Parkers Editor Keith Adams describes the judging process that concluded with the Toyota C-HR being crowned its New Car of the Year.
Parkers.co.uk recently voted the excellent Toyota C-HR as its first New Car of The Year awards. That much you know. You’ll also have read the reasons why we went with this funky crossover – it’s packed with design flourishes, is offered with a seamless hybrid drivertrain, and offers a surprisingly impressive driving experience. But then, so do many other cars out there. And that’s what made the New Car of The Year awards such a rewarding exercise.
You see, choosing a Car of the Year is never easy. Even in the Parkers-way of doing things, it’s far from straightforward. What do I mean by the Parkers way? Data, of course, and lots of it. Being a primarily web-based publication, we can see exactly what our users are looking at, why they’re going there and – most importantly – what they do with the knowledge they’ve gleaned from their visit.
Our three million or so monthly users have taken the Toyota C-HR to their hearts. Don’t get me wrong – it’s not the most-read review on our site. Far from it. When the Parkers team was drawing up its shortlist of potential winners, the Toyota C-HR was an outsider. None of us expected it to win. There are plenty of positives in its armoury – this is a compact SUV with a super-modern twist. For us, the hybrid efficiency isn’t a surprise, but the quality of the interior and the driving experience is.
Choosing our Car of The Year was a many-layered process. We divided our awards into categories based on lifestages, and started out with at least a dozen or so cars in each one. Our first meeting was to whittle that down to three in each category – and that decision was based upon a combination of drivability, desirability, quality, and most importantly, affordability. With these four pillars established, the also-rans began to drop out.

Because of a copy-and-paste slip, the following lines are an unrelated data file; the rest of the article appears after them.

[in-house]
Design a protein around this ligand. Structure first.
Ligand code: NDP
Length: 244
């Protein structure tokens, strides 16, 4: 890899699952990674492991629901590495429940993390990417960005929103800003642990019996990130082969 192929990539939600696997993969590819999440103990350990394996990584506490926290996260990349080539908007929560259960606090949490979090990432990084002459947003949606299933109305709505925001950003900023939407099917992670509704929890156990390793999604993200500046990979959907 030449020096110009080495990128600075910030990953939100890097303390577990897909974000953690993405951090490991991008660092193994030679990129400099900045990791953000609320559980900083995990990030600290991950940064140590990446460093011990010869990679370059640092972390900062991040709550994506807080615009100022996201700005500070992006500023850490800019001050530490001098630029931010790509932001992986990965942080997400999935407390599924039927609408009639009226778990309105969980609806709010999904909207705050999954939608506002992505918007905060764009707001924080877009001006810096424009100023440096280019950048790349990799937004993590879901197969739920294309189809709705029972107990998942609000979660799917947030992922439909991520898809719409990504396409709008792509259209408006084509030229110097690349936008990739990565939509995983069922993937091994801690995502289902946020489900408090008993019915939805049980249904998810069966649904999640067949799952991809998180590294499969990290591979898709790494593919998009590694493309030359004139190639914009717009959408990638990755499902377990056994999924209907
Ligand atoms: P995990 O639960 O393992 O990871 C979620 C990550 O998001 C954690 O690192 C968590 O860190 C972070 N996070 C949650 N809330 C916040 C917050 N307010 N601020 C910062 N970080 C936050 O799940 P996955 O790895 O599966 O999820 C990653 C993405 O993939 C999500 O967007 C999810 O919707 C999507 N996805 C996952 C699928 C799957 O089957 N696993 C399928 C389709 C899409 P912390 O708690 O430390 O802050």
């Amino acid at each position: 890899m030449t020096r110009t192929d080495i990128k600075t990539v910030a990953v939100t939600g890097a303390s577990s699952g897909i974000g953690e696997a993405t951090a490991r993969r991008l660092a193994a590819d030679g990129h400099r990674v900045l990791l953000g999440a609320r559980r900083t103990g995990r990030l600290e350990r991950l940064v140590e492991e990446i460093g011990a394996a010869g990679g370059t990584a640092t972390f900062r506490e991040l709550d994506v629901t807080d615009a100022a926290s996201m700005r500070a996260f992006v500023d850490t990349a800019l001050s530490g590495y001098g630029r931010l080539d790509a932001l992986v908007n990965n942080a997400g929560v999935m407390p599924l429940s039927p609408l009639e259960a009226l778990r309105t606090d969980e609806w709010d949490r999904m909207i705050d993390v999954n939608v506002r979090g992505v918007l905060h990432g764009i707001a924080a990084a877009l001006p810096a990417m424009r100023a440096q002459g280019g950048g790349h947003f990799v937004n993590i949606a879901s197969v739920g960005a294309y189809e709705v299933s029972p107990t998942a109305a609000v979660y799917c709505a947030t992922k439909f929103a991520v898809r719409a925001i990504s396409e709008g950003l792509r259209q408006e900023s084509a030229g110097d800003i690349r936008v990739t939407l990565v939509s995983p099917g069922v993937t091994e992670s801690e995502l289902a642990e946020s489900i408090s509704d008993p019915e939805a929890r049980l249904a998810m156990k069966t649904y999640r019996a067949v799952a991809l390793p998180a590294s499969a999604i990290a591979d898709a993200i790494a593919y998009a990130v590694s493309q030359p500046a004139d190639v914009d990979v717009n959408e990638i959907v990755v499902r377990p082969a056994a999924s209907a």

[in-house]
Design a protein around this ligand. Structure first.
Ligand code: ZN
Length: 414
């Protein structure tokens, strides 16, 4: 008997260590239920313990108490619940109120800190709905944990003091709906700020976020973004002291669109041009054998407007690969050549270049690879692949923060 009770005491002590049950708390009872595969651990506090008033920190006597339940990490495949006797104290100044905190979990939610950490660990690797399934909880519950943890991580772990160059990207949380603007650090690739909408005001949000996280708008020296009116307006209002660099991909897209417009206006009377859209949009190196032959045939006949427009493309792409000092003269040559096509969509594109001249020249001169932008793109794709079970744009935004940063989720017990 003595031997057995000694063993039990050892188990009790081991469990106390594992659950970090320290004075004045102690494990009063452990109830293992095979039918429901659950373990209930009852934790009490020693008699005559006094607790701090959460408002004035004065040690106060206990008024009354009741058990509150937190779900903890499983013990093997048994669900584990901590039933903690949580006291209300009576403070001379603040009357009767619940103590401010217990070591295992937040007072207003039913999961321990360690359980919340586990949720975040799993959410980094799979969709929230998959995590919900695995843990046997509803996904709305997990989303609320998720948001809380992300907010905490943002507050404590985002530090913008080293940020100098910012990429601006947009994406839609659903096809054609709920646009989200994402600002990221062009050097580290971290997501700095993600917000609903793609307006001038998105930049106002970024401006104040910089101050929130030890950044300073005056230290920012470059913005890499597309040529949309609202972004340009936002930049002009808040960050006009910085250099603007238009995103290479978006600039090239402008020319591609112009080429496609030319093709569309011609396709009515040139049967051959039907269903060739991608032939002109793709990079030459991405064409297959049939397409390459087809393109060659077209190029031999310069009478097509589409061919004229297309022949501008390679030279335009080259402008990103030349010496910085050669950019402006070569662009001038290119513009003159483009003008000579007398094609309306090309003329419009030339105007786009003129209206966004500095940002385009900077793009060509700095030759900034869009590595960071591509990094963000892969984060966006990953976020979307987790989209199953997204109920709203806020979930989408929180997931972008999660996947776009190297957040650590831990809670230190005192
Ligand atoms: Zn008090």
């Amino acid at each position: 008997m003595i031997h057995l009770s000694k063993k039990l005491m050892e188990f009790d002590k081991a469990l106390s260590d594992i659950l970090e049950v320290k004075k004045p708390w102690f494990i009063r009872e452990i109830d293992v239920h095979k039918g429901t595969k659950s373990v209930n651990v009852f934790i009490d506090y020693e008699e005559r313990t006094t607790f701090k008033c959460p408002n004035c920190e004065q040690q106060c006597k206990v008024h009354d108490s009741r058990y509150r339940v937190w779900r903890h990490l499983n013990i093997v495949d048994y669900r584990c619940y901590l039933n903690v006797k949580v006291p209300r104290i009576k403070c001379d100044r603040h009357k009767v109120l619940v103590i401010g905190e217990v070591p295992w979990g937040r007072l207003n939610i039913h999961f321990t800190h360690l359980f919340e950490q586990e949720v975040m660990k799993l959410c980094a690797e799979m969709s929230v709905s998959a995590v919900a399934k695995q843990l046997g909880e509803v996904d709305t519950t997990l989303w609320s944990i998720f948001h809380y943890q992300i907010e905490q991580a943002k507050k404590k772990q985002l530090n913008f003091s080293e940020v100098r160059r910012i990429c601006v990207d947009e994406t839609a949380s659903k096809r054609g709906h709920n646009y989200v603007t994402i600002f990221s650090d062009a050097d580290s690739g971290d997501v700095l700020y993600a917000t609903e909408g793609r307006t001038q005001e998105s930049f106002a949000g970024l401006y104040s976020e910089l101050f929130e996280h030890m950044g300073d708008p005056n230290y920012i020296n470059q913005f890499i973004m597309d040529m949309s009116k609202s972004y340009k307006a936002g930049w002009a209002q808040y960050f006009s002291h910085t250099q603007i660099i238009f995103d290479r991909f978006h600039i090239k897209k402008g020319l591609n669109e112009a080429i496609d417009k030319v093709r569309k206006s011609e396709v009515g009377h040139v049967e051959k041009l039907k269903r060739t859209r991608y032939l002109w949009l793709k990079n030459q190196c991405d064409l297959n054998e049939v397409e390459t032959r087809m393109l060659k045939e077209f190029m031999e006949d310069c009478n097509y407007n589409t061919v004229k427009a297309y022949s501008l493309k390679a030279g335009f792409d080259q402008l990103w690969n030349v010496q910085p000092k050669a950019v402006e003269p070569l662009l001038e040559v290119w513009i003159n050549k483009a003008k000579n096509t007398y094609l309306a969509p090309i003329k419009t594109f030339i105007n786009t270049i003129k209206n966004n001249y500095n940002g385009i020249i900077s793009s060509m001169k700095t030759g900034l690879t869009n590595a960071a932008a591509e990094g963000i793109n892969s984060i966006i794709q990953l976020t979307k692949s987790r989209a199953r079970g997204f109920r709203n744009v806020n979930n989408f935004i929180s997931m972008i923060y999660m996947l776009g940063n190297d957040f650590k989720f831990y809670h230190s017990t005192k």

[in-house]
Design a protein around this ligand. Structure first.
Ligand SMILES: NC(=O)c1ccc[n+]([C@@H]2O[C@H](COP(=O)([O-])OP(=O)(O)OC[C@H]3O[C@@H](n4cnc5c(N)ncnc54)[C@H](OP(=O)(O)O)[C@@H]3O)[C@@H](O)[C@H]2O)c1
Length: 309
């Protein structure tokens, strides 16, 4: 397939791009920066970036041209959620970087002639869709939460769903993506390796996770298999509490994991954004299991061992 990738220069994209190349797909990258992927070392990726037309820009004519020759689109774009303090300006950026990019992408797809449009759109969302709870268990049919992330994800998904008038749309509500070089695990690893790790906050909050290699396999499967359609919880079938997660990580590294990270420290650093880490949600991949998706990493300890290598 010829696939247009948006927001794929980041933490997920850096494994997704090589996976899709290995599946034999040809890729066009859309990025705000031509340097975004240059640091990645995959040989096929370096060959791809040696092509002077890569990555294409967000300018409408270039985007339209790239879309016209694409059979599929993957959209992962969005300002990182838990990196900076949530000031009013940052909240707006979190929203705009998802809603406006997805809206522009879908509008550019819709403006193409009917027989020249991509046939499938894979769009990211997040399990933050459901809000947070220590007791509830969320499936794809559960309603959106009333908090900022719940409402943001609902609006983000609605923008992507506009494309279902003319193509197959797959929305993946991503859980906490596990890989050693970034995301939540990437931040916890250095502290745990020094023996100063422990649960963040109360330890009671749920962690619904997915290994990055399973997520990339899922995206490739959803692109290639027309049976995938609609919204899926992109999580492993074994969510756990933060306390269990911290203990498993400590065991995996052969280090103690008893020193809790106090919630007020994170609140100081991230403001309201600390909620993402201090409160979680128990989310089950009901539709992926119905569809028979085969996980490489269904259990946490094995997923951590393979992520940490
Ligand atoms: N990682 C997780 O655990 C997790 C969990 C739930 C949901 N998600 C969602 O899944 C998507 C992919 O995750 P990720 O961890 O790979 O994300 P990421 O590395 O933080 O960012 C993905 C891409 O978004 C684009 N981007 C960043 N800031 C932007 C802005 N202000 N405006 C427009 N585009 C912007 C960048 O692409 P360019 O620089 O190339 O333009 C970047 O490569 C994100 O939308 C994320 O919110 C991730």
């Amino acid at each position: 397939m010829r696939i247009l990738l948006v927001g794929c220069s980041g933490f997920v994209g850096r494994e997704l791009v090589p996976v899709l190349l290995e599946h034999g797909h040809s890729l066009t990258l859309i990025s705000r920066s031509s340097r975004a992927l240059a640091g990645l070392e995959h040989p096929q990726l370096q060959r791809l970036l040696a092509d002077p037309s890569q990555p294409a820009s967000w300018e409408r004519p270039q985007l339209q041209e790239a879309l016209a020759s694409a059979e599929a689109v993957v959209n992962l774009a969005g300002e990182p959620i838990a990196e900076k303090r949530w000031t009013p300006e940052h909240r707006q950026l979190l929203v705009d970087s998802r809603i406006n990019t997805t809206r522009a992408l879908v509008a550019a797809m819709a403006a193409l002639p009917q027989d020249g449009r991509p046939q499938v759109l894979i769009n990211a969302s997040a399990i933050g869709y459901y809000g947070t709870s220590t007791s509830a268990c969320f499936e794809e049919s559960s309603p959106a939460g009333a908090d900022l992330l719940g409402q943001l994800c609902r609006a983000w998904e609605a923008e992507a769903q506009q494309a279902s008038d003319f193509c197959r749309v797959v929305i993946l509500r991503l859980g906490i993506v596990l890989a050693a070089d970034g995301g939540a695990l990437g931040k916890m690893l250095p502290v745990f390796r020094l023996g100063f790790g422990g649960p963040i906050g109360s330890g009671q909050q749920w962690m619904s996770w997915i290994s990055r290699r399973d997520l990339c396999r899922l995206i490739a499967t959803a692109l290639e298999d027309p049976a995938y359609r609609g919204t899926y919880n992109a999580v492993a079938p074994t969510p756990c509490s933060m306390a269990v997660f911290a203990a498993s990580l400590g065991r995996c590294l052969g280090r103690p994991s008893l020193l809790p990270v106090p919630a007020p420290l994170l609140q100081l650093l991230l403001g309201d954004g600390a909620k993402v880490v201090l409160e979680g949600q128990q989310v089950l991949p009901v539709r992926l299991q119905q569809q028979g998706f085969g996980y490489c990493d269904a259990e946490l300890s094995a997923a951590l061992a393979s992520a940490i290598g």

With the shortlisted trio selected, we all went away and drove the cars. Then joined up again for a further meeting to hammer out the best cars in each category. This is where the process became more brutal – and time consuming. The team became really animated at this point, and it was clear that desirability became as important as affordability in the final reckoning. This made for some interesting conversations – but in the case of the small family sector that the Toyota C-HR won, it overcame some highly fancied rivals.
After the final section winners were decided, the Parkers team gathered the cars at an airfield for a deciding drive. This was followed by a final discussion to decide the overall winner. Here, we felt that the rationality of the Parkers process was tested to the max. Yes, we applied pricing and desirability logic, but that got us to a final two. Deciding on the Toyota C-HR over the second-placed car came down to a split decision in the team – and a very tough decision was made. And that came down to emotion.
As I said on the Parkers awards microsite: ‘Many family cars throw out style in order to perform their function, but the [Toyota] C-HR manages to retain its concept-car styling and still do all the jobs a modern family will ask of it. That makes it desirable as well as useful.’
In the end, the Toyota C-HR won because as well as being excellent on all manner of rational levels, it pulled at the emotional heartstrings just a little bit more than the rest. Well done, Toyota – you deserve this one!